Review by Kristen Bentley
A bit about the author: Kristen is a High school English teacher since 1994. Mother of two and professional writer with a Master’s degree in education. She loves to read, travel, watch baseball, and watch her children play sports, too.
The classic fairy tale, Cinderella, is told for today’s audience. Beginning with the background of Cinderella’s family situation, the story moves through the sad state of her life. The artistic renderings of the step-sisters, step-mother, and Cinderella bring the story to life for a new audience of young readers.
Beautiful Drawings Show the Relationships in the Story
As readers move through Cinderella’s story, they will see in the drawings how Cinderella is treated so poorly by her step-sisters. They will also see that Cinderella can still find joy in the small things in her life, like when she helps tie her step-sister’s dress. It is obvious that Cinderella deserves much more in her life and parents should be ready to answer questions about why Cinderella’s father does not help her move out of the situation.
Since most people know the Disney version of the Cinderella story, it is nice to see a slightly different version in the Cinderella from iStoryBooks.co site. What is refreshing is that the step-sisters are not necessarily mean to her, like they are in the Disney version; instead, they just ignore her. When the invitation to the ball is announced the step-sisters do not push and shove Cinderella out of the way, but simply hear the invitation and start to make plans. It is also pleasant to see the step-sisters just get on the carriage to go to the ball and not rip up Cinderella’s dress.
Readers Can See Cinderella’s Sadness
Another pleasant surprise in the story is that the reader is able to get into Cinderella’s emotional state of mind. When she is lying in bed and thinking about how much she misses her mother, the reader is really able to understand the sadness that exists in Cinderella. Another special touch in the story is when the Fairy Godmother flies into Cinderella’s window and the text describes the Fairy Godmother as “beautiful” despite the fact that she appears as an older woman with a full figure. This is a nice lesson for children to see that a grandmotherly woman can be described as beautiful.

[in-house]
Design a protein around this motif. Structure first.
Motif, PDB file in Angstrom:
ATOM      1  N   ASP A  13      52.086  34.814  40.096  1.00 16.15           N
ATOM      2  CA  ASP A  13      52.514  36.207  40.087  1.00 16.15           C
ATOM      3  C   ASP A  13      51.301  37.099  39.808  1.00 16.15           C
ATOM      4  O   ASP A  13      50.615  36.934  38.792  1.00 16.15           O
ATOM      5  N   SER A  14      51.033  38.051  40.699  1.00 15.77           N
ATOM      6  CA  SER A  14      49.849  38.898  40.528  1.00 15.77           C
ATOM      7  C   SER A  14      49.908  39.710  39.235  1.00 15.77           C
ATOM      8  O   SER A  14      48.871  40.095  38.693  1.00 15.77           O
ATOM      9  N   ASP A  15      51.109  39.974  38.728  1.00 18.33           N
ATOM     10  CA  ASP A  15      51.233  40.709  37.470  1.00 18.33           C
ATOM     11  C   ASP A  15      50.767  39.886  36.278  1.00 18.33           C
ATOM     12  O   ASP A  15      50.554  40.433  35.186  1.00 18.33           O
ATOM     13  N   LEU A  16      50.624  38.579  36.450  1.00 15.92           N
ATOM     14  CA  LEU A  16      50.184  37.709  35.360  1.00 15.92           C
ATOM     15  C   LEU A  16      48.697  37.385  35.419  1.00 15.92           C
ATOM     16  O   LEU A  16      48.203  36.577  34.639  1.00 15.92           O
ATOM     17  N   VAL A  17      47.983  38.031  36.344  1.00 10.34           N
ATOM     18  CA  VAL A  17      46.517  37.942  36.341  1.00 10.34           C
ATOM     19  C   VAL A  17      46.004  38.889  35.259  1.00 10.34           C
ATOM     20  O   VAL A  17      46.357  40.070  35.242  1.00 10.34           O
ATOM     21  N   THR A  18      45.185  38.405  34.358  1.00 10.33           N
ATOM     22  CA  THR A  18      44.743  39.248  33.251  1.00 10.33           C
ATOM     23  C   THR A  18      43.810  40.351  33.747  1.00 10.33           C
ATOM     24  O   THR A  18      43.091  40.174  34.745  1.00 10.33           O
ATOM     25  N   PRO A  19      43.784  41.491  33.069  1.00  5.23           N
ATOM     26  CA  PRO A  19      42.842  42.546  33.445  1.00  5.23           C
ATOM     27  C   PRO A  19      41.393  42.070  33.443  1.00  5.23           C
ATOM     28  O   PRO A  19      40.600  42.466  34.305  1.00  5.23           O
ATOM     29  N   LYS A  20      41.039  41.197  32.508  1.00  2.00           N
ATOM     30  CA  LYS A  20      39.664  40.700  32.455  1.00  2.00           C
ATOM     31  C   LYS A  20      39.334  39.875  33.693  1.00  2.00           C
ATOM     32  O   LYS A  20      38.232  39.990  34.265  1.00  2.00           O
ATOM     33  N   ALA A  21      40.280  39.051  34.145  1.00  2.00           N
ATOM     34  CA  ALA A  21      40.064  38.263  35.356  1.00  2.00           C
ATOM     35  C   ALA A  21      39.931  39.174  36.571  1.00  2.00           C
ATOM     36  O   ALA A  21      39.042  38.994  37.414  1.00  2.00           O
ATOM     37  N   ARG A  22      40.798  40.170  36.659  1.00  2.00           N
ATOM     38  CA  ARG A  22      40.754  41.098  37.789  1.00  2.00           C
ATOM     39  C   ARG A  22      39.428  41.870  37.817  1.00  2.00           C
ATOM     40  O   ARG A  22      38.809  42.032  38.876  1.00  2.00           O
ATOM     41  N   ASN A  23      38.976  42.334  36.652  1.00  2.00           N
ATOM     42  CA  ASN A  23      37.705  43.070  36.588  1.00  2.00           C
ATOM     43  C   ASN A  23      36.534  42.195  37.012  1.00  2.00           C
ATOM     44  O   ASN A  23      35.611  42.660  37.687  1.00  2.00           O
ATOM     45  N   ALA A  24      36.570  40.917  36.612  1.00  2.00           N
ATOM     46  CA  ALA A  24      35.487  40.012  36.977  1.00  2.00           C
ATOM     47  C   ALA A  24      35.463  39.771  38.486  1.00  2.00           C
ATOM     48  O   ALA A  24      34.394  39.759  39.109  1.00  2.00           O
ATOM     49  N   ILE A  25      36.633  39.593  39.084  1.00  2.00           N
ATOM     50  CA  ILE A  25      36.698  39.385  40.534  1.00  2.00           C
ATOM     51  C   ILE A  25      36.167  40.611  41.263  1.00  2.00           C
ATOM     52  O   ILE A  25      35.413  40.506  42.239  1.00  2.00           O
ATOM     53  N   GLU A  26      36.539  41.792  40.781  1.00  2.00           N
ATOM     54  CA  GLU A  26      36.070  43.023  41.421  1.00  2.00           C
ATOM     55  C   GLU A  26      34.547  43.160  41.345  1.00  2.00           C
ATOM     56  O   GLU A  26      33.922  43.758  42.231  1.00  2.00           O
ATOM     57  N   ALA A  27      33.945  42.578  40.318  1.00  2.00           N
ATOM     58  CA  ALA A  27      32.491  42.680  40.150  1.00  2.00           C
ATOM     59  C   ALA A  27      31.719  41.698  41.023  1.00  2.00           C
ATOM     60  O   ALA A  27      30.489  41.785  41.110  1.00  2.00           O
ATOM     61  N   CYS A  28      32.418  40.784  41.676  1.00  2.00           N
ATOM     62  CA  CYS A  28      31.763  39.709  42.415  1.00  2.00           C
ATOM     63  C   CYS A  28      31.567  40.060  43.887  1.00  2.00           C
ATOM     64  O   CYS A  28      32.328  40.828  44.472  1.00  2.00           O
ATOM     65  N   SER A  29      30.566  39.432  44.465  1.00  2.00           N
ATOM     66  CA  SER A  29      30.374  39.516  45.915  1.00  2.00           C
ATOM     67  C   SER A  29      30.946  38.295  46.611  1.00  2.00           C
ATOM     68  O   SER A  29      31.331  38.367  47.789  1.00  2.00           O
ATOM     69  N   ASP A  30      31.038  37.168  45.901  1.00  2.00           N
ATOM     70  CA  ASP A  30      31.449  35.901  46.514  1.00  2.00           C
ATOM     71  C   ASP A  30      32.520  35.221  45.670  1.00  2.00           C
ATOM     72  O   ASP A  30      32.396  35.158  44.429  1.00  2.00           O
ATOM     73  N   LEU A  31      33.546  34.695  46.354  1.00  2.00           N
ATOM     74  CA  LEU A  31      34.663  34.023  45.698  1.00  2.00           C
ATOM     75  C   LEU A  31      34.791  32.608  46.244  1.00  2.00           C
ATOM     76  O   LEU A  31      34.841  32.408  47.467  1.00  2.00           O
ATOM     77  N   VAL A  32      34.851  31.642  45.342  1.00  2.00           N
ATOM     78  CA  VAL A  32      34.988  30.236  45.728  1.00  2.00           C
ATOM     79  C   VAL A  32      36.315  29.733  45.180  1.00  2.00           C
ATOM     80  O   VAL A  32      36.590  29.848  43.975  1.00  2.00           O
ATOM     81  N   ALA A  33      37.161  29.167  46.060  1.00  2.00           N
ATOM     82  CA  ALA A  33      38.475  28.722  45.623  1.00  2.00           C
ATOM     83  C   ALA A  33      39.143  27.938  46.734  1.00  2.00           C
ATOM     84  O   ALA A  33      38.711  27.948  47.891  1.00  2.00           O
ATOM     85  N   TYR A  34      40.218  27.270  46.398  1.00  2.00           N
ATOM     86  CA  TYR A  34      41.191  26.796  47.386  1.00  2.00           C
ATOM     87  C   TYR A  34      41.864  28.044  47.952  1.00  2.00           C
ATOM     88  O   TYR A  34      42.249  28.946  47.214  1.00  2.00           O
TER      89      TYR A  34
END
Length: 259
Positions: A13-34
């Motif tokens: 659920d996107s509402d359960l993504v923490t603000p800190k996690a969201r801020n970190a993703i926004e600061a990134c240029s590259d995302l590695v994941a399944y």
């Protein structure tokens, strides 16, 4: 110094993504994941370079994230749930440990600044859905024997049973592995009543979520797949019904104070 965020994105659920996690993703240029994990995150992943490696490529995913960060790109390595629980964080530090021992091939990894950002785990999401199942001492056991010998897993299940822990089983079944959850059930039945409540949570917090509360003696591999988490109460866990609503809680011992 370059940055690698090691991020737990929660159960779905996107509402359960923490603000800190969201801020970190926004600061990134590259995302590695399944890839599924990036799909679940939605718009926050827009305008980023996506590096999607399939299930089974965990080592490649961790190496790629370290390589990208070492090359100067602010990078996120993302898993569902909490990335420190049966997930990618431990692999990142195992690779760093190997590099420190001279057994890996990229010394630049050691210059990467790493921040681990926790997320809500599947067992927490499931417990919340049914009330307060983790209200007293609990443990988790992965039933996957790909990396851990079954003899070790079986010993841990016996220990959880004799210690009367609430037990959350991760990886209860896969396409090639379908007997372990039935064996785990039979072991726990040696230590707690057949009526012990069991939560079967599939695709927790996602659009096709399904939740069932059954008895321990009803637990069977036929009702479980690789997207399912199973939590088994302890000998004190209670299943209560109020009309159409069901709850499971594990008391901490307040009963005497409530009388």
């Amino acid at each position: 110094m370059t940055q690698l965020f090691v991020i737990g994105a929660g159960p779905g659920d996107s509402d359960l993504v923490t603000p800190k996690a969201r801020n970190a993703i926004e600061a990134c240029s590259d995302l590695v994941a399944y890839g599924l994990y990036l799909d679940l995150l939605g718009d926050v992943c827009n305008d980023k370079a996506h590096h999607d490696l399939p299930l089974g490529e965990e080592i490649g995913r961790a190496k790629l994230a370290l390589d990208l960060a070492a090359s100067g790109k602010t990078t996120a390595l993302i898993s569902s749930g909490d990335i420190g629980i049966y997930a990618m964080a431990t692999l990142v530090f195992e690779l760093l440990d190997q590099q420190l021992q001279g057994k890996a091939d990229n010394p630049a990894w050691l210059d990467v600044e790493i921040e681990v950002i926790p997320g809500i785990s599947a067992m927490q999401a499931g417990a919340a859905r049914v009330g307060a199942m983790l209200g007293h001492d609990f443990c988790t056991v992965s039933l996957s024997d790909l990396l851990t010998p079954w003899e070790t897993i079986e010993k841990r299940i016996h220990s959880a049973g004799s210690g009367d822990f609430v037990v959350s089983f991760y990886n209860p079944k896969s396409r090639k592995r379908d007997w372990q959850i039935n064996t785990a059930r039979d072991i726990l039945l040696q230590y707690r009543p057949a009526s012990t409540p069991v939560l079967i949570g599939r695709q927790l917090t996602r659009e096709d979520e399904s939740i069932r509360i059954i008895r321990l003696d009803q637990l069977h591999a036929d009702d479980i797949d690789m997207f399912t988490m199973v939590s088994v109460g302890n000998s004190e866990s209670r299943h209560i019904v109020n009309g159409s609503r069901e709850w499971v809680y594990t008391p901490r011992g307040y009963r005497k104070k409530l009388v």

Looking for Special Details in the Images
Even though the story is so familiar, the images share special details. Everyone who knows the story is aware that mice are changed into horses to drive Cinderella’s carriage and this story is no different. What is so endearing about the images is that the horses have heads that look like they can from mice. Once Cinderella arrives at the ball, it is fun to see that no one recognizes her – even her step-sisters. It would be a fun activity for young readers to look for other special details in each illustration.
True to the story Cinderella loses her glass slipper when she leaves the ball at midnight. Also true to the story, all of the women in the kingdom try on the slipper when the King’s men visit each house to find Cinderella. Once the shoe fits, the Prince comes to collect Cinderella and they live happily ever after.
Useful Compare and Contrast Lesson
Fairy tales are an important part of early childhood education and this story would be useful in a compare and contrast lesson with the Disney version of the story. The children could learn to look for similarities and differences in the images and in the character interactions. Teachers would not have to show the entire Cinderella movie, but just clips that match with the decidedly different pages in the iStoryBooks.co version.
Inferring About the Backstory
The backstory with Cinderella and her mother and father would make for an interesting lesson in inference. Children can work with what is in the story and what is not in the story to try to figure out what happened to Cinderella’s mother. They can also use inference to try to figure out why Cinderella’s father does not take an active role to help his daughter.
Learning About the Benefits of Good Behavior and Patience
It can also be nice for teachers and parents to share the fact that Cinderella did her work without complaining. Since it seemed like there was nothing she could do, she did her best to make the most of the situation and to find joy in small things. Children can learn about work ethic. They can also learn about listening to elders. Cinderella listened to the Fairy Godmother’s instructions and left the ball when she was instructed to leave. Cinderella’s good behavior pays off in the end, when she gets to marry Prince Charming and live happily every after. The idea of good things coming to those who wait is certainly true when it comes to Cinderella’s story.